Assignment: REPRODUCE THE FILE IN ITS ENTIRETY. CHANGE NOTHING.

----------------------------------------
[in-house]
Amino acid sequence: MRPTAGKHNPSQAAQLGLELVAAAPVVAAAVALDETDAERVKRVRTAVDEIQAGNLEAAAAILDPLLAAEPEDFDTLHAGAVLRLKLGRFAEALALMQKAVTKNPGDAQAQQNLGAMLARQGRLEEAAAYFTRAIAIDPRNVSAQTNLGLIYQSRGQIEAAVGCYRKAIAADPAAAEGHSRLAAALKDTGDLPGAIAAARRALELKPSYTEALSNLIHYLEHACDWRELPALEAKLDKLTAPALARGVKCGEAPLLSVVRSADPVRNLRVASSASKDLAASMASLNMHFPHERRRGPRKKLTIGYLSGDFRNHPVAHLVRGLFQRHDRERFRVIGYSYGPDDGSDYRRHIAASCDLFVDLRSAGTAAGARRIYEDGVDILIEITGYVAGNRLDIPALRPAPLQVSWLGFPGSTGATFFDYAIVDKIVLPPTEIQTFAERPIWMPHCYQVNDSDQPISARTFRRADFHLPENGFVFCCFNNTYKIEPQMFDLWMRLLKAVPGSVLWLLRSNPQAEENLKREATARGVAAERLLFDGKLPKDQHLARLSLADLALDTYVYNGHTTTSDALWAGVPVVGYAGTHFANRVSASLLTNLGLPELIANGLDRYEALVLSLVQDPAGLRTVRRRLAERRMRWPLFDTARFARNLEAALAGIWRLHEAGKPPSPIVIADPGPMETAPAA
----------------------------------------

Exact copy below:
[in-house]
Amino acid sequence: MRPTAGKHNPSQAAQLGLELVAAAPVVAAAVALDETDAERVKRVRTAVDEIQAGNLEAAAAILDPLLAAEPEDFDTLHAGAVLRLKLGRFAEALALMQKAVTKNPGDAQAQQNLGAMLARQGRLEEAAAYFTRAIAIDPRNVSAQTNLGLIYQSRGQIEAAVGCYRKAIAADPAAAEGHSRLAAALKDTGDLPGAIAAARRALELKPSYTEALSNLIHYLEHACDWRELPALEAKLDKLTAPALARGVKCGEAPLLSVVRSADPVRNLRVASSASKDLAASMASLNMHFPHERRRGPRKKLTIGYLSGDFRNHPVAHLVRGLFQRHDRERFRVIGYSYGPDDGSDYRRHIAASCDLFVDLRSAGTAAGARRIYEDGVDILIEITGYVAGNRLDIPALRPAPLQVSWLGFPGSTGATFFDYAIVDKIVLPPTEIQTFAERPIWMPHCYQVNDSDQPISARTFRRADFHLPENGFVFCCFNNTYKIEPQMFDLWMRLLKAVPGSVLWLLRSNPQAEENLKREATARGVAAERLLFDGKLPKDQHLARLSLADLALDTYVYNGHTTTSDALWAGVPVVGYAGTHFANRVSASLLTNLGLPELIANGLDRYEALVLSLVQDPAGLRTVRRRLAERRMRWPLFDTARFARNLEAALAGIWRLHEAGKPPSPIVIADPGPMETAPAA